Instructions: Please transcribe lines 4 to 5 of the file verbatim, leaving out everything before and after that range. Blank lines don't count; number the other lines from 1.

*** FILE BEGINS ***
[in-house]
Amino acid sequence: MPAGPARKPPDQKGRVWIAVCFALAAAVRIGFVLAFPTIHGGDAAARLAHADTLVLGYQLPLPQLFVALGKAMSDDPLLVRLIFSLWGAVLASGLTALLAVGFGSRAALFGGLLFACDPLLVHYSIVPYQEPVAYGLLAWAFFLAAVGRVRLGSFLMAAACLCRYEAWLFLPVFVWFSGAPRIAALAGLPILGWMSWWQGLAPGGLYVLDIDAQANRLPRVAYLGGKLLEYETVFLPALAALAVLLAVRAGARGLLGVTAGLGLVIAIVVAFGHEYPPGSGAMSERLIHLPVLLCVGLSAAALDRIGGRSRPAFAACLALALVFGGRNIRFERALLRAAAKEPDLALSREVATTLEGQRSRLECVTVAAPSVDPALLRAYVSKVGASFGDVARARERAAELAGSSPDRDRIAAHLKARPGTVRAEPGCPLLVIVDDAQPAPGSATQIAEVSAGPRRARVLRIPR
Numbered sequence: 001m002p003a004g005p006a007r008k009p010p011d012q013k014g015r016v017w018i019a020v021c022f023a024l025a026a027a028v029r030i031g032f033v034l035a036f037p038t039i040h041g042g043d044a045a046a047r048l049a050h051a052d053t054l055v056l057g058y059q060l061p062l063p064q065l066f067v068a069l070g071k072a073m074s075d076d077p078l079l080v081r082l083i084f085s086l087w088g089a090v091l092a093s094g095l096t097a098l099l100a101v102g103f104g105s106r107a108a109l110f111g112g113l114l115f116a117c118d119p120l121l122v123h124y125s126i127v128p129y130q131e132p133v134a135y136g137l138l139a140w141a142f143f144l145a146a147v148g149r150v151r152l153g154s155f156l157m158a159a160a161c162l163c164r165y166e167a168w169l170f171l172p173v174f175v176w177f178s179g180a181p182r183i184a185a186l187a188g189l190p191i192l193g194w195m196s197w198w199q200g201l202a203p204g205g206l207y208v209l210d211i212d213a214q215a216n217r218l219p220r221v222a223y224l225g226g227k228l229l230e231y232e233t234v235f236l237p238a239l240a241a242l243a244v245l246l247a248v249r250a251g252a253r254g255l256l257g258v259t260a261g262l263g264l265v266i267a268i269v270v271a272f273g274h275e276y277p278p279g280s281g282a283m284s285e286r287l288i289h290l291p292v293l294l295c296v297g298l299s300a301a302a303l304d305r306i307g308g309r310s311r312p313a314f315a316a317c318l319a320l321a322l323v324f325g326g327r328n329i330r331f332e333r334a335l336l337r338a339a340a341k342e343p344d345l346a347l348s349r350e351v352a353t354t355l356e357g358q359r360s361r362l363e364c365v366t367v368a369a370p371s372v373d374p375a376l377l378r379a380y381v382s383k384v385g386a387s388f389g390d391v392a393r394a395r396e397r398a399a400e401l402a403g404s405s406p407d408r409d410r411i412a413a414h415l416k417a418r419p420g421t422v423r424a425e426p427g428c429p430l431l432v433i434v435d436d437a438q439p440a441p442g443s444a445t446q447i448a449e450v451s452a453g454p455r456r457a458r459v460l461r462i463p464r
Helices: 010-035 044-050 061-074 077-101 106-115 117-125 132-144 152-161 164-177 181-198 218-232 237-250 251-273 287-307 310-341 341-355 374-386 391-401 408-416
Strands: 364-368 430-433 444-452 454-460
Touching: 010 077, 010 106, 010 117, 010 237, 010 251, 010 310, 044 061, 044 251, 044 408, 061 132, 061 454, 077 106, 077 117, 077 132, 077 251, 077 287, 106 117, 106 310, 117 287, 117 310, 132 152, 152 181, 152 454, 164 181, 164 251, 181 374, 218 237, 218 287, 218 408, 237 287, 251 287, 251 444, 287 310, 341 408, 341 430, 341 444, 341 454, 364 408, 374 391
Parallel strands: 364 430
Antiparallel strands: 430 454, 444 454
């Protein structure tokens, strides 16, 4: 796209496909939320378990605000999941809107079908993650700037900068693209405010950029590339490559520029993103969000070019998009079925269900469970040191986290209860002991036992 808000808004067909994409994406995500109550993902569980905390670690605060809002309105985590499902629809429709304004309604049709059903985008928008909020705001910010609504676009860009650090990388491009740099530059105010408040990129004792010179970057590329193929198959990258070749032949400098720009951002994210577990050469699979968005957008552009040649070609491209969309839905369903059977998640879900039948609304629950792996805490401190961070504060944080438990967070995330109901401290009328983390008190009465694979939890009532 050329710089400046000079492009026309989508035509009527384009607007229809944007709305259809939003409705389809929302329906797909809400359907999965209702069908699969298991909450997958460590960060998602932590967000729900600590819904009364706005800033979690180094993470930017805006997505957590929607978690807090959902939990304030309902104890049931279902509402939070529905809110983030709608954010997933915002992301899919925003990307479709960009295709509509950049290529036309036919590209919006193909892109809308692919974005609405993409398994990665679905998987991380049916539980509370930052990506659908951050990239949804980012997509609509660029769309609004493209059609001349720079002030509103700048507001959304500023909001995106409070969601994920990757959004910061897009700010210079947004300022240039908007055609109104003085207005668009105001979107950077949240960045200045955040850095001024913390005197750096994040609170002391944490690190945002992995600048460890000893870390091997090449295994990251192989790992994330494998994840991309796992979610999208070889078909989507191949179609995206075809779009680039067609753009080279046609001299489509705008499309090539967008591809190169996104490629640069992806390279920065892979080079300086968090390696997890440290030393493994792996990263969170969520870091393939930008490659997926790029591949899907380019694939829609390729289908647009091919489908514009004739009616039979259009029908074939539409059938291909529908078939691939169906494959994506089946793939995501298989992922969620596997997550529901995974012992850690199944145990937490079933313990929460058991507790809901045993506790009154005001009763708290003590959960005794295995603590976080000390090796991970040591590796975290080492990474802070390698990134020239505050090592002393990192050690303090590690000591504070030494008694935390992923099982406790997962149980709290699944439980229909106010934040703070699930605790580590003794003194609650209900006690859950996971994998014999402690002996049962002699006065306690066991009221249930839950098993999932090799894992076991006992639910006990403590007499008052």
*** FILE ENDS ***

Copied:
Helices: 010-035 044-050 061-074 077-101 106-115 117-125 132-144 152-161 164-177 181-198 218-232 237-250 251-273 287-307 310-341 341-355 374-386 391-401 408-416
Strands: 364-368 430-433 444-452 454-460